Sports nutrition and supplementation is a multibillion dollar industry that continues to expand. Be-cause of this tremendous growth, there is a need for credible scientiﬁc information concerning the various ergogenic aids currently on the market (ergogenic: a nutrient or supplement that enhances exercise or athletic performance). The popularity of magazines such as Muscle and Fitness, Testosterone.net and Planet Muscle demonstrate the high demand for information in the ﬁeld of ﬁtness. It is not uncommon for these articles to be writ-ten by someone of little or no actual training in the scientific method. As a FNC, you should never be limited by where you get your information. Even though these tertiary journals mentioned above are not a deﬁnitive source, it is still wise to maintain an awareness of what is current in the state of our industry.
It is difﬁcult to know who exactly you should listen to and who you should avoid as it relates to how you get your information regarding supplements. The pro athlete who is paid millions to endorse a protein shake? Or the celebrity doctor, who transmits his beliefs to an unsuspecting public, willing to believe anything.
The area of sport supplementation is dynamic, al-ways changing. If you have ever had to read a scientiﬁc journal, it is likely that you came upon the phrase ‘more study is needed in this….”. And while this is true, it takes many years to complete the kind of research work that results in a consensus. Therefore, it is prudent to move forward with what IS currently known for practical purposes and application to the client.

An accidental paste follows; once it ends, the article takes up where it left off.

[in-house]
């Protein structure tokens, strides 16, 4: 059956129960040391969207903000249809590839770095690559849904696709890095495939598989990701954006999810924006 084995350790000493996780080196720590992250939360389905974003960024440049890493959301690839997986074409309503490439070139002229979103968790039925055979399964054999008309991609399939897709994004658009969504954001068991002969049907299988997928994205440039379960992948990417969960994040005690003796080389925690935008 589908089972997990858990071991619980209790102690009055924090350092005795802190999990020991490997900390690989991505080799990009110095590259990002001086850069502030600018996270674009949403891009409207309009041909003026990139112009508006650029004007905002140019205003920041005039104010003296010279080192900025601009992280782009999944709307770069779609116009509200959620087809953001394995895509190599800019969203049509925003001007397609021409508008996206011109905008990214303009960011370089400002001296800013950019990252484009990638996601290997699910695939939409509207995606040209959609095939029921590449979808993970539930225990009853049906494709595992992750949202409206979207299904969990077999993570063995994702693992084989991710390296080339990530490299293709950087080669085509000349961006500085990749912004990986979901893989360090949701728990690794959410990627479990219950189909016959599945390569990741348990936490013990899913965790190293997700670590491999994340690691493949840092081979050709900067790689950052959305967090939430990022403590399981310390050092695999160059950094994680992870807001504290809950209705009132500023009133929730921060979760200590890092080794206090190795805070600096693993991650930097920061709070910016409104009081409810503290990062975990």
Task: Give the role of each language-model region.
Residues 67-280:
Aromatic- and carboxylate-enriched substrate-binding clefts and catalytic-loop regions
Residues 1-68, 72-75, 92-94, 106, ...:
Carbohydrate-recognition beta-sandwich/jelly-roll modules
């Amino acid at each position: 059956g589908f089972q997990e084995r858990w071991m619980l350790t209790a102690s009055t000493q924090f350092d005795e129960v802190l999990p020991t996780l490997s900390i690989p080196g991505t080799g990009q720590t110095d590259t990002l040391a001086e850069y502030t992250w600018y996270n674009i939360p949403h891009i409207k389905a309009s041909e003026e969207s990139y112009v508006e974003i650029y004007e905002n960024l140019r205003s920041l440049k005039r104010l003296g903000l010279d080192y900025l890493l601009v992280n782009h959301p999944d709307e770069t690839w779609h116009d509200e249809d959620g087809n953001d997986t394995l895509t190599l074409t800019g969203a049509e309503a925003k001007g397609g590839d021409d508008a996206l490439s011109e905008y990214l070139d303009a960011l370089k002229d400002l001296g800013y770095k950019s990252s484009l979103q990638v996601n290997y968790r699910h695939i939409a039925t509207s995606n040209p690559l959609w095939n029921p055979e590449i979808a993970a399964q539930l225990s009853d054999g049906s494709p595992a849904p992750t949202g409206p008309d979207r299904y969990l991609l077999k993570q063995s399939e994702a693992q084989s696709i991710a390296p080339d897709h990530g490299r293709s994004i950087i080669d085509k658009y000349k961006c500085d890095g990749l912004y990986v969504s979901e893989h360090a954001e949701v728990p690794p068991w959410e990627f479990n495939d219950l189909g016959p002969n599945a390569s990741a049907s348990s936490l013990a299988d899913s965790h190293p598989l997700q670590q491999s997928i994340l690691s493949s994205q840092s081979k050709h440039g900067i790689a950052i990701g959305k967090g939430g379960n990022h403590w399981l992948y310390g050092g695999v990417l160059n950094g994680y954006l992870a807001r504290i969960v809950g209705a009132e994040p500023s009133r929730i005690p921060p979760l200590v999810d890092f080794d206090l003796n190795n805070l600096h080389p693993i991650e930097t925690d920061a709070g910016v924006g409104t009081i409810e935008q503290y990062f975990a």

Why are supplements controversial? Well, they are not regulated in the United States by any regulating agency in terms of the claims they make. As stated in wording of the DSHEA (Dietary Supplement Health and Education Act), the Food and Drug Administration (FDA) regulates dietary supplements as foods, and not as drugs. While pharmaceutical companies are required to obtain FDA approval proving the safety or effectiveness of their products before they enter into the market, dietary supplements, like food, do not need to be pre-approved by any part of the FDA before they can enter the market.
The DSHEA gave the FDA the express responsibility to regulate the manufacturing processes of dietary supplements, and the FDA issued its ﬁrst proposed rule in 2003. In June 2007 it issued its ﬁnal rule, which requires all dietary supplement manufacturers to ensure by June 2010 that production of dietary supplements complies with current good manufacturing practices, and be manufactured with “controls that result in a consistent product free of contamination, with accurate labeling.”
In addition, the industry is now required to report to the FDA “all serious dietary supplement related adverse events.” The new rules have been criticized, however, with skeptics arguing lack of FDA resources, loopholes, and an exception on quality assurance for raw material suppliers (with the bur-den placed on manufacturers) will lead to continued quality problems. There’s also concern that supplement manufacturers and retailers will hide behind the new regulations.(6). Prior to the rule supplements have had major quality problems, and the number of FDA investigators has declined (7).
Dietary supplements are permitted to make structure/function claims. These are broad claims that the product can support the structure or function of the body (e.g., “glucosamine helps support healthy joints”, “the hormone melatonin helps to establish normal sleep patterns”). The FDA must be notiﬁed of these claims within 30 days of their ﬁrst use, and there is a requirement that these claims be proven or substantiated. But in reality, false claims about supplements have become common, particularly due to their proliferation on poorly-regulated commercial websites